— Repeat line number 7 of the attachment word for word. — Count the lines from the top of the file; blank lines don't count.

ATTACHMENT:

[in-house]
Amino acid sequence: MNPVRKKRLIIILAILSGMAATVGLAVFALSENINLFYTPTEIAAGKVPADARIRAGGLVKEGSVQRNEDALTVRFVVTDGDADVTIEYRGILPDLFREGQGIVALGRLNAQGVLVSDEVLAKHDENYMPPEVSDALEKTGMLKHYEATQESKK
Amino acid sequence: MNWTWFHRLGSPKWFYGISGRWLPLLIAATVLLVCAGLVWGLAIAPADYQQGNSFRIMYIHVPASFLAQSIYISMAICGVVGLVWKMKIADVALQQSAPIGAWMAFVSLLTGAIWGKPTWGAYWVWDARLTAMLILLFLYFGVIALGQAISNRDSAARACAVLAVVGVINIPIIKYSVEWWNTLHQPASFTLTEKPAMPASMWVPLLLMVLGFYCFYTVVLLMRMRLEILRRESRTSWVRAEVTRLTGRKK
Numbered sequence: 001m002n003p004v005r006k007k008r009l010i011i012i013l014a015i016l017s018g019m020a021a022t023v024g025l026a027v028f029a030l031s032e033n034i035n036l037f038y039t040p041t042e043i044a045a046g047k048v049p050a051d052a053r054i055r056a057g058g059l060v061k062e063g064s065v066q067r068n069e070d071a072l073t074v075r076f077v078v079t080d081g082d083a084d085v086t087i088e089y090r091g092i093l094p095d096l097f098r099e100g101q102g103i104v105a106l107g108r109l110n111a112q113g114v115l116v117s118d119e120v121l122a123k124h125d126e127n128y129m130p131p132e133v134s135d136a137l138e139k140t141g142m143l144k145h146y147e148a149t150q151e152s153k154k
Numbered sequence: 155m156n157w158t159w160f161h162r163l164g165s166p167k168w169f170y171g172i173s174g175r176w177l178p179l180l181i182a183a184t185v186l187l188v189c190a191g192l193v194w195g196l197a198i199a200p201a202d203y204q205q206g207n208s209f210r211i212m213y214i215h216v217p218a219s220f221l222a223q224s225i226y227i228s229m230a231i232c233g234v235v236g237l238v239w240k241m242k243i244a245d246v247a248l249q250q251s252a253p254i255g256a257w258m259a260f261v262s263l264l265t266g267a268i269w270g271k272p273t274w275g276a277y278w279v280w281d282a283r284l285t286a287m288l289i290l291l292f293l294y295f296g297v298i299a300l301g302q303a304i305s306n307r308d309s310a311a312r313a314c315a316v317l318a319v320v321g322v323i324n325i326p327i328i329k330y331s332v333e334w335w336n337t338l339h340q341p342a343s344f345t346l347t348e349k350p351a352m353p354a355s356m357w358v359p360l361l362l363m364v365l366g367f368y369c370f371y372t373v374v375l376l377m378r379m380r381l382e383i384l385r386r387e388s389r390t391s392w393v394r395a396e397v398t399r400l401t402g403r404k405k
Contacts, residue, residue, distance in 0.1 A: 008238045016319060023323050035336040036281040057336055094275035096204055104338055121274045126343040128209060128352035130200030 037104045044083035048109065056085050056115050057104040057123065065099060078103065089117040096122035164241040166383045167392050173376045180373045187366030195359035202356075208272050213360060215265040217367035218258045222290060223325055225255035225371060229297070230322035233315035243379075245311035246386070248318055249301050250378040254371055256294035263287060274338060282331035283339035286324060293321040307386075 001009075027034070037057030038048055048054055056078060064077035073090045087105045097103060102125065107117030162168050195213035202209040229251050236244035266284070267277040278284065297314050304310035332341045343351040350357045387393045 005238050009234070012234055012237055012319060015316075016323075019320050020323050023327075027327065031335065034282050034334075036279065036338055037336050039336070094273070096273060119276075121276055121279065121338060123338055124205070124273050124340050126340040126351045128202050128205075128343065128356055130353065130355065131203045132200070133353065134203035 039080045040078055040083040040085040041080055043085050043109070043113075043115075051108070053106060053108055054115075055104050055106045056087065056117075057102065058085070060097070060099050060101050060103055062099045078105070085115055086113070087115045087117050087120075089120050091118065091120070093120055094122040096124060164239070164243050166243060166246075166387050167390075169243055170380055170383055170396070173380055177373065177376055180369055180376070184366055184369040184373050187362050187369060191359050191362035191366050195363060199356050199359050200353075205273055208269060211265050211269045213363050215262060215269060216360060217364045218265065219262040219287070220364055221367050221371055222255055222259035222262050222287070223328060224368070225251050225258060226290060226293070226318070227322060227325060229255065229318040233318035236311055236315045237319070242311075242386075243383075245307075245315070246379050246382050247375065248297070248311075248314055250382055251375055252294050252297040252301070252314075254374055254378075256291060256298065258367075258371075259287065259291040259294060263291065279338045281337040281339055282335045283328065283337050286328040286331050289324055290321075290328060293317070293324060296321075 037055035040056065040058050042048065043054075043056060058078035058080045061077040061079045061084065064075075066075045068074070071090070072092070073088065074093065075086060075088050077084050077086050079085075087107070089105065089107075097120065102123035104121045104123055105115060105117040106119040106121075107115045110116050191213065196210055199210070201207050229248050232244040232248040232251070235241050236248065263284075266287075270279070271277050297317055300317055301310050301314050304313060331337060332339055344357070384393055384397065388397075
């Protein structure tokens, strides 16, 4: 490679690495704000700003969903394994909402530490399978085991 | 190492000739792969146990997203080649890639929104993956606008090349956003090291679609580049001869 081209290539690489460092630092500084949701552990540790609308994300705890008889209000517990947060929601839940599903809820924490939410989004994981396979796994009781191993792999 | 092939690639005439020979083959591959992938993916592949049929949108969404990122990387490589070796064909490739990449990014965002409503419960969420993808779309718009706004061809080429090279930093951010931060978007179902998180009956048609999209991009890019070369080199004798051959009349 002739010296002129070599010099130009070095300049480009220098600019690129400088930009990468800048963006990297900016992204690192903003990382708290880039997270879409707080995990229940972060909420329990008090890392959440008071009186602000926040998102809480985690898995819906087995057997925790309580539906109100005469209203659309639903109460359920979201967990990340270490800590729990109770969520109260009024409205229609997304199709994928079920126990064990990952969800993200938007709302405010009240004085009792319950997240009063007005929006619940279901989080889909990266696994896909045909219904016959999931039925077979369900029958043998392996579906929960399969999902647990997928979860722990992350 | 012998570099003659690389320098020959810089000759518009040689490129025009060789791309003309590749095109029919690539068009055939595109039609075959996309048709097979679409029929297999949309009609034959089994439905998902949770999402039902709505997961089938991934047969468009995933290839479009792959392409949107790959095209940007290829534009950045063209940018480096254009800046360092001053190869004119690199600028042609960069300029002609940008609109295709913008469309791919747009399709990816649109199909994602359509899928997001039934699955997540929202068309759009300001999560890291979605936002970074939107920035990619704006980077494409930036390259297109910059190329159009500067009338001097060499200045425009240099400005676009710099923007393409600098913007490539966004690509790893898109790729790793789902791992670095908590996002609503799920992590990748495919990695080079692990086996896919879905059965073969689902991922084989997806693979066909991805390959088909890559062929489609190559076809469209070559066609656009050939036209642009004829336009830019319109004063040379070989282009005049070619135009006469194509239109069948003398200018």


């Protein structure tokens, strides 16, 4: 490679690495704000700003969903394994909402530490399978085991 | 190492000739792969146990997203080649890639929104993956606008090349956003090291679609580049001869 081209290539690489460092630092500084949701552990540790609308994300705890008889209000517990947060929601839940599903809820924490939410989004994981396979796994009781191993792999 | 092939690639005439020979083959591959992938993916592949049929949108969404990122990387490589070796064909490739990449990014965002409503419960969420993808779309718009706004061809080429090279930093951010931060978007179902998180009956048609999209991009890019070369080199004798051959009349 002739010296002129070599010099130009070095300049480009220098600019690129400088930009990468800048963006990297900016992204690192903003990382708290880039997270879409707080995990229940972060909420329990008090890392959440008071009186602000926040998102809480985690898995819906087995057997925790309580539906109100005469209203659309639903109460359920979201967990990340270490800590729990109770969520109260009024409205229609997304199709994928079920126990064990990952969800993200938007709302405010009240004085009792319950997240009063007005929006619940279901989080889909990266696994896909045909219904016959999931039925077979369900029958043998392996579906929960399969999902647990997928979860722990992350 | 012998570099003659690389320098020959810089000759518009040689490129025009060789791309003309590749095109029919690539068009055939595109039609075959996309048709097979679409029929297999949309009609034959089994439905998902949770999402039902709505997961089938991934047969468009995933290839479009792959392409949107790959095209940007290829534009950045063209940018480096254009800046360092001053190869004119690199600028042609960069300029002609940008609109295709913008469309791919747009399709990816649109199909994602359509899928997001039934699955997540929202068309759009300001999560890291979605936002970074939107920035990619704006980077494409930036390259297109910059190329159009500067009338001097060499200045425009240099400005676009710099923007393409600098913007490539966004690509790893898109790729790793789902791992670095908590996002609503799920992590990748495919990695080079692990086996896919879905059965073969689902991922084989997806693979066909991805390959088909890559062929489609190559076809469209070559066609656009050939036209642009004829336009830019319109004063040379070989282009005049070619135009006469194509239109069948003398200018």